Subject: Integral with some symmetries From: Bruno Luong Date: 26 Apr, 2009 10:18:01 Message: 6 of 8 "Amitalok Budkuley" wrote in message ... > > But, now i intend to get some analytic answer to the integral value. Could it be possible to use some series results on integrals to arrive at some value of integral or a bound. My very wild guess tells it is doable! First step: transform 2d integral on 1D integral over the boundary of R (is it a rectangle?). It seems you can decomposes the function as sum of canonical terms: I = integral on R of Sum on set {I, J} S(I,J), where S(I,J) := [ prod_(i in I) di^2/prod_(j in J) d_j^2 ] Each S{I,J} is a fractional polynomial on y (coefficients depending on x), where analytic solution exists. It is slightly more complicated to integrate on x,you might need to carry out the change the variables: (x - x_i)^2/(y - y-i) = sh(u_i) ^2. This might lead to a polynomial fraction on {u} (coefficients depending y), and an analytic solution follows (as with integration with respect to y). This might lead to an 1D integration of u_i and x on the boundary of R, then: Second Step: do again some work on integration on left/right and bottom/top boundary. A lot of work to be done, but doable. But I have not though deeply. Just submit few random ideas so you can get inspired, hopefully. Bruno
 Subject: Integral with some symmetries From: Amitalok Budkuley Date: 26 Apr, 2009 13:36:01 Message: 7 of 8 Thanks for the contribution guys. Bruno, I will look into what you said right away.But at this stage, i find it extremely hard to perform integration like the way you said in the second stage. Anyway,I will just put some of my thoughts on the problem too. They may be a little raw or impractical. 1) Let us order the d_i such that d1>d2>d3...dn so that (d^-1)1<(d^-1)2..<(d^-1)n. From now on, i will call (d^-1)k=Dk. So, we have Dn>Dn-1....>D2>D1. 2)For the denominator, let sum(j=1 to i-1){Dj^2}=f_i So, denominator is given as sum(i=1 to n){ Di^2*f_i} So, of the form sum{i=1 to n}{ai*bi}. Also, since Dn>Dn-1....>D2>D1, we have fn>fn-1...f2>f1. 3) We can use the chebyshev sum inequality http://en.wikipedia.org/wiki/Chebyshev%27s_sum_inequality and maybe proceed to evaluate the bound on the integral. Of course, i do not have ideas on how to do that. Let me know your views. thanks again cheers "Bruno Luong" wrote in message ... > "Amitalok Budkuley" wrote in message ... > > > > > But, now i intend to get some analytic answer to the integral value. Could it be possible to use some series results on integrals to arrive at some value of integral or a bound. > > My very wild guess tells it is doable! > > First step: transform 2d integral on 1D integral over the boundary of R (is it a rectangle?). > > It seems you can decomposes the function as sum of canonical terms: > > I = integral on R of Sum on set {I, J} S(I,J), > where S(I,J) := [ prod_(i in I) di^2/prod_(j in J) d_j^2 ] > > Each S{I,J} is a fractional polynomial on y (coefficients depending on x), where analytic solution exists. > > It is slightly more complicated to integrate on x,you might need to carry out the change the variables: (x - x_i)^2/(y - y-i) = sh(u_i) ^2. This might lead to a polynomial fraction on {u} (coefficients depending y), and an analytic solution follows (as with integration with respect to y). This might lead to an 1D integration of u_i and x on the boundary of R, then: > > Second Step: do again some work on integration on left/right and bottom/top boundary. > > A lot of work to be done, but doable. But I have not though deeply. Just submit few random ideas so you can get inspired, hopefully. > > Bruno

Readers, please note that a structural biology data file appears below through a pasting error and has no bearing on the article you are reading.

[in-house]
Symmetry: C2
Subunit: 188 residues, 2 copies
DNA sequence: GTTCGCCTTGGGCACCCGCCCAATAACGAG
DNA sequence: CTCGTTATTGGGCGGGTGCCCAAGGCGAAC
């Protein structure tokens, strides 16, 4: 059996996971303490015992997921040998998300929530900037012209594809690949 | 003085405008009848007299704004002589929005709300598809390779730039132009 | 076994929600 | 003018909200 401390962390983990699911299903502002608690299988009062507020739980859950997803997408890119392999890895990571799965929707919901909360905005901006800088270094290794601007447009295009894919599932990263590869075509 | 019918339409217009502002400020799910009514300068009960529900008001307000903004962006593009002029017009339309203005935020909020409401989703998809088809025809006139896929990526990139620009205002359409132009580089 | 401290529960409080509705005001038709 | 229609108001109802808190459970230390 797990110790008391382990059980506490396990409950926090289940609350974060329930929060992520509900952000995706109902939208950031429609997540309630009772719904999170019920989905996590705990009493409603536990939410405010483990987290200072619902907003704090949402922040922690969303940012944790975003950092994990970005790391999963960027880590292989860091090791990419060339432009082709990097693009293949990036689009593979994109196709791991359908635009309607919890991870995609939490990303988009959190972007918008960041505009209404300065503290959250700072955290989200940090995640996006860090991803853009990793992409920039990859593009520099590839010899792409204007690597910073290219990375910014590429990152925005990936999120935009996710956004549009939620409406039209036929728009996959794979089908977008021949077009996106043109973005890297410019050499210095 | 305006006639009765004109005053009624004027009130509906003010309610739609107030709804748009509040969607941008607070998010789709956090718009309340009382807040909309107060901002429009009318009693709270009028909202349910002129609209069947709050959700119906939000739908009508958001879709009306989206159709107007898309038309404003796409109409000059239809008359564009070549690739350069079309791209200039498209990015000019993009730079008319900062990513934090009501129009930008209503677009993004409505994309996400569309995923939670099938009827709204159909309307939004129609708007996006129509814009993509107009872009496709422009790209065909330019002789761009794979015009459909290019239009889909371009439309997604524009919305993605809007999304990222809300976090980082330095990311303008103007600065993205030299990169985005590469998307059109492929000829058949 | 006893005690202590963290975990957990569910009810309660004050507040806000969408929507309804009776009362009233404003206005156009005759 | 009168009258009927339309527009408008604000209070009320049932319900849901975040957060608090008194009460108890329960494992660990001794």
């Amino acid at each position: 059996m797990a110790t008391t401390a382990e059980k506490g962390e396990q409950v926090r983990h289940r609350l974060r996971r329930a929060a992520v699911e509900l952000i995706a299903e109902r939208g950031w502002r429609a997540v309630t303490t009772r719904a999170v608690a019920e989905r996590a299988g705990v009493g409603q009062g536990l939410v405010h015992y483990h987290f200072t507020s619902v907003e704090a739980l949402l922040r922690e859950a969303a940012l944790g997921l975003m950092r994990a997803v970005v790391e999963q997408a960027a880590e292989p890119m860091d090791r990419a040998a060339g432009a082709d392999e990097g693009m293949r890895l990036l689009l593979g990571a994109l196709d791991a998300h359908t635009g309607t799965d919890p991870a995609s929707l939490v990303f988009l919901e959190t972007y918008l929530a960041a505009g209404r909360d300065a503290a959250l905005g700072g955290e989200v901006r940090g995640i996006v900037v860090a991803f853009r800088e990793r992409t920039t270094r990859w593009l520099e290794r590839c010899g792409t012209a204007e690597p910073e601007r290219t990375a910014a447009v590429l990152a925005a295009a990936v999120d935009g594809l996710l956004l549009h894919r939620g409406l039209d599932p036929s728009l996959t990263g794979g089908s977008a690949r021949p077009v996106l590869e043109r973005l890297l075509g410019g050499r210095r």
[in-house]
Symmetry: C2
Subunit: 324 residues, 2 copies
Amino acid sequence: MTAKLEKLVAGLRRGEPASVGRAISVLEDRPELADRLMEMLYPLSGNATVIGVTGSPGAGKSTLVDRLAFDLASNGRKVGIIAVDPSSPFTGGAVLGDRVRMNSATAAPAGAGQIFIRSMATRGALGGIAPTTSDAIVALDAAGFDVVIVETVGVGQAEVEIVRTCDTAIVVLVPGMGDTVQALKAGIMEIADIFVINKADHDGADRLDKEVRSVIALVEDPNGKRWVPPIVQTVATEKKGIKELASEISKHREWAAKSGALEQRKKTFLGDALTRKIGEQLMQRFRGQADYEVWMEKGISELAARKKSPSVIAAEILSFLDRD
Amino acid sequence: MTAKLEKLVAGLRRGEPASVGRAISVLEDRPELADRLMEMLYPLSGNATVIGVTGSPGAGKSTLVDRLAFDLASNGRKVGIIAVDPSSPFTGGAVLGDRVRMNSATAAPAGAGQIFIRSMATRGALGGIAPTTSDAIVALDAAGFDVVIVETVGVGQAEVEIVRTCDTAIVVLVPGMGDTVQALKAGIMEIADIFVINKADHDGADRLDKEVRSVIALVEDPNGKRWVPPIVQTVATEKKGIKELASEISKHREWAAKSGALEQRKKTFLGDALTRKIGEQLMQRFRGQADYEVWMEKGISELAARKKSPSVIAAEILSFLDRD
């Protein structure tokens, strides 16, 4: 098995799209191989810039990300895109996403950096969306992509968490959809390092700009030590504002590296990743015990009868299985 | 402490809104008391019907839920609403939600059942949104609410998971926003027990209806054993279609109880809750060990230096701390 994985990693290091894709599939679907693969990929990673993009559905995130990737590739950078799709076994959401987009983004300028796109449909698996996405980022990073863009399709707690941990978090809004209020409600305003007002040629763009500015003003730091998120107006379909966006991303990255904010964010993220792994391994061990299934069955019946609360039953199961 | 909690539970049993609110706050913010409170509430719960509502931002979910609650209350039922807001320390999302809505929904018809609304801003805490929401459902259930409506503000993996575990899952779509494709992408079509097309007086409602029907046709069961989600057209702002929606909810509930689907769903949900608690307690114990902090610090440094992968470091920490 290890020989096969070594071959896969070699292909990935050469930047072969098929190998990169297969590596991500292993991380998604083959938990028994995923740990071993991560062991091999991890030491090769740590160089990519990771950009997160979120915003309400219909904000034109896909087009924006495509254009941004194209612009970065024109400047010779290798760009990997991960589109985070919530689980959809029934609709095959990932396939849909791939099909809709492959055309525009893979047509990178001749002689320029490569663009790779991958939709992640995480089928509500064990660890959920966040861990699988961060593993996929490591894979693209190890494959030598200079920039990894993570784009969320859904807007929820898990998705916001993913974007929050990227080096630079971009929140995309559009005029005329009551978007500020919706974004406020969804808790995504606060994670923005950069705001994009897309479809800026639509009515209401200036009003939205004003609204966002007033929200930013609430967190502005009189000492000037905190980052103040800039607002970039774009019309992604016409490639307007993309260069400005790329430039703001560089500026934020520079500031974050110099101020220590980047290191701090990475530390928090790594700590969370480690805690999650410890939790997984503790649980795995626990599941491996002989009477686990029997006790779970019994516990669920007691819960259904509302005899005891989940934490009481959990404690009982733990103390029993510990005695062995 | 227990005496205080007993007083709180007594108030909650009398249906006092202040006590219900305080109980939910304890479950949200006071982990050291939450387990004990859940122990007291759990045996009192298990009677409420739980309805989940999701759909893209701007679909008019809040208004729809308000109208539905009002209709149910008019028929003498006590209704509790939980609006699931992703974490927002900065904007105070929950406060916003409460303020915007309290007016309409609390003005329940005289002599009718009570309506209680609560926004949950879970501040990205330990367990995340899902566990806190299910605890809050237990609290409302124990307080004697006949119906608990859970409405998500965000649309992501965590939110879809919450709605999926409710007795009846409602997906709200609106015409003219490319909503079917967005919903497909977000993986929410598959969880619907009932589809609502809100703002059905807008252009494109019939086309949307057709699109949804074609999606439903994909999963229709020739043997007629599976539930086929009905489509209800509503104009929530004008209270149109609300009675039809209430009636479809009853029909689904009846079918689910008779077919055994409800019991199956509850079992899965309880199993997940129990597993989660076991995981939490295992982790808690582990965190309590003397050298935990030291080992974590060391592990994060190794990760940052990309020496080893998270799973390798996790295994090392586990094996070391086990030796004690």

Subject: Integral with some symmetries From: Amitalok Budkuley Date: 26 Apr, 2009 13:38:01 Message: 8 of 8 > > First step: transform 2d integral on 1D integral over the boundary of R (is it a rectangle?). > By the way, the region R can be any normal onvenient region. I have taken it to be a rectangle of known area with simple limits. if a circle helps, it can be used too. thanks